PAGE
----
• Cornstarch
  • Distilled water
  • Graduated cylinder
  • Funnel
  • Permanent marker
  • Plastic spoons (can rinse and re-use)


  1. Take the cup of chopped tomatoes and put them in the food processor.
  2. Blend the tomatoes until they have the consistency of a puree.
  3. Turn the machine off.
  4. Using the graduated cylinder, add 150 mL of water into the food processor.
  5. Blend the tomatoes again for about 20 seconds.
  6. Strain the contents of the food processor into one of the mason jars using a coffee filter and funnel.Food science project
  7. Pour half of the mason jar's contents into another jar.
  8. Label the first jar as "tomato - raw."
  9. Label the second jar as "tomato - cooked."
    Vitamin C science experiment
  10. Place the "tomato - cooked" jar on the hot plate at heat level 6 for 15 minutes. Do not allow the substance to boil.
  11. Repeat Steps 1 - 9 with the cherries.
  12. Add 1 tablespoon of cornstarch to another jar and add drops of water with one of the eyedroppers. Stir until it has a consistency of a paste.
    Cooking science project - testing for vitamin C
  13. Measure 250 mL of water with the graduated cylinder.
  14. Add that water to your cornstarch mixture.
  15. Put the cornstarch mixture on the hot plate with heat at 8 ? 9 (when the starch boils). Boil for 5 minutes.
  16. Set the starch mixture aside to cool for about 5 minutes when done.
  17. Measure 75 mL of the distilled water into a clean mason jar.
  18. Add 10 drops of the starch solution into the water using a clean eye dropper.
  19. Squeeze out any extra starch solution back into the jar it came from.
  20. Using a clean eye dropper, add the 2% iodine solution until it turns dark purple. Add it drop-by-drop.
  21. Repeat steps 17 - 20 in 3 more mason jars. You should have 4 jars with iodine solution inside.
  22. Label the jars with the extracts you intend to put inside. You should have jars with the following labels: "tomato - raw," "tomato - cooked", "cherry - raw," and "cherry - cooked."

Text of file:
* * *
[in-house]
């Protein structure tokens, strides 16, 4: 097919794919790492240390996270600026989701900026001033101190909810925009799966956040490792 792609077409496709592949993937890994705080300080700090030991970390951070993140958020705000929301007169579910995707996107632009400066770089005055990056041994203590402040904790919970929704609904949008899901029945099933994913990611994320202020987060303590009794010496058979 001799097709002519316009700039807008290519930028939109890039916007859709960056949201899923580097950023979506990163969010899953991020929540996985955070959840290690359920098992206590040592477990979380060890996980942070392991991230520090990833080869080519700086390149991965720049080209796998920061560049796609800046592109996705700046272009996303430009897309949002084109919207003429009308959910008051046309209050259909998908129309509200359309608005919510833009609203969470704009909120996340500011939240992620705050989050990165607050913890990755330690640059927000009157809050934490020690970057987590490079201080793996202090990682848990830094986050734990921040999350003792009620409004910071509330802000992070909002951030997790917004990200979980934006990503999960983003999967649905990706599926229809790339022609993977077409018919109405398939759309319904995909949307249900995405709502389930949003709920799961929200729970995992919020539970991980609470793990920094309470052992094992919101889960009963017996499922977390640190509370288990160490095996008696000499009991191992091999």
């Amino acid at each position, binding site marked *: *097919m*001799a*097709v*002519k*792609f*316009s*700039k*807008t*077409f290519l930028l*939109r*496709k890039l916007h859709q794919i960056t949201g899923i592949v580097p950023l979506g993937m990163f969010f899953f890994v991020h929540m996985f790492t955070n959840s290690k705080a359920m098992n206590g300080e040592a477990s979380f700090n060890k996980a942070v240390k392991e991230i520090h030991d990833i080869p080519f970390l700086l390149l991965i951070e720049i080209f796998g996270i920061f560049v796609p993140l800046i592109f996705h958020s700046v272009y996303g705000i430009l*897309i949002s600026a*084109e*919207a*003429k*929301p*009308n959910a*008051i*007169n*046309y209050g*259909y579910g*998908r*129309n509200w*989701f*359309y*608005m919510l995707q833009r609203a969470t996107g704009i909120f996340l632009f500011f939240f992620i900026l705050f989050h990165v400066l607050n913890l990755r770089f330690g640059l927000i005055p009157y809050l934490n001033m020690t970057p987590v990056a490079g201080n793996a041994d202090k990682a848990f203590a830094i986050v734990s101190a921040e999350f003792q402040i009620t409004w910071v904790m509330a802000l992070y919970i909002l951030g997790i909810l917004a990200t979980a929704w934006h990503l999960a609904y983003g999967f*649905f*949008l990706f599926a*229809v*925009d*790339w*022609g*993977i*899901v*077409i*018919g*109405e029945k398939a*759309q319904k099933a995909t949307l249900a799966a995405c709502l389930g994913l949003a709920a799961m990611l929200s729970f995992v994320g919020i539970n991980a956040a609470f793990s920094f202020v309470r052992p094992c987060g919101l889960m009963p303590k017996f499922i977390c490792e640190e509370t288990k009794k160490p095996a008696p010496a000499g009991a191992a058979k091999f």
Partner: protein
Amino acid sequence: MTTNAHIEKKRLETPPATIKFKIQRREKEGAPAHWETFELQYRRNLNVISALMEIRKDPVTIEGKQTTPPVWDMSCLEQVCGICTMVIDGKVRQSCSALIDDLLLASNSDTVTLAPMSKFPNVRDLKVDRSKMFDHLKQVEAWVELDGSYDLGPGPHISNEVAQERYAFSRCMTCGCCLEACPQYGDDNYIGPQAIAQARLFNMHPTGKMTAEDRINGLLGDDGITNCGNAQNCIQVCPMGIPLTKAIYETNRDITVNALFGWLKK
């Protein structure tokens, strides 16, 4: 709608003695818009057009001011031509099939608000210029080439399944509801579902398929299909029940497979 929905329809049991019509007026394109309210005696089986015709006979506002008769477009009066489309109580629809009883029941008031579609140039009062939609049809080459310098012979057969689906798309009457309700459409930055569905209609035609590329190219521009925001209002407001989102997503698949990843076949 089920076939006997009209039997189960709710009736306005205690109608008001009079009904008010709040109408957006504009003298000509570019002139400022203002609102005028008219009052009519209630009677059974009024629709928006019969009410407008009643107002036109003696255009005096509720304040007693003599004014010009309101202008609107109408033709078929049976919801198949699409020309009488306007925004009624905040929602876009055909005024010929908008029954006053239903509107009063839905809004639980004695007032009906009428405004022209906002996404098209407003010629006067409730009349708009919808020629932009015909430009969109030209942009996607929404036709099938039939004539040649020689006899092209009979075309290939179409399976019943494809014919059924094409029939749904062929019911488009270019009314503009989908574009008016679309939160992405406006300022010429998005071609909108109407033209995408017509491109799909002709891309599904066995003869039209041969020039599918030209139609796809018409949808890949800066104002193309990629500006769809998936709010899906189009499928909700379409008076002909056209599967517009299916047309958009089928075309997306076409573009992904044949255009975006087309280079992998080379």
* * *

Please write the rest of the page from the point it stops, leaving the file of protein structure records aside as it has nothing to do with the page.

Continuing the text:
Jars labelled with vegetables for experiment
  23. When the starch solution is a dark purple color, get a new eyedropper.
  24. Squeeze up some of the "tomato - raw" solution into your dropper. Add 10 drops.
  25. Repeat the process by adding 10 drops of the "tomato - cooked", "cherry - raw," and "cherry - cooked" to the starch solution. Be sure that you are adding each extract to a fresh jar of iodine / starch solution.

    Using iodine to test for nutrient content
  26. When done, leave the jars next to each other for comparison and answer the discussion questions.


1. We know that Vitamin C will make the purple iodine solution lighter. Which of the jars contained the most Vitamin C?
2. Which of the jars contained the least Vitamin C?
3. How did the raw foods compare to the cooked foods?
4. Was our hypothesis correct?
5. Would you recommend cooking fruits and vegetables to get more Vitamin C?

Questions & Answers

Will a purple iodine / starch solution get darker or lighter when Vitamin C is added


Make it Your Own

Compare Vitamin C contents of a larger variety of raw and cooked fruits. These can include kiwi, spinach, cantaloupe, oranges, leafy greens and even juice! See which is the best source for Vitamin C by testing the vitamin C content of each raw / cooked variety.


Brett, J. “Foods that Contain Vitamin C.” Retrieved from
Subramanian, S. (2009). “Fact of fiction: raw veggies are healthier than cooked ones.” Retrieved from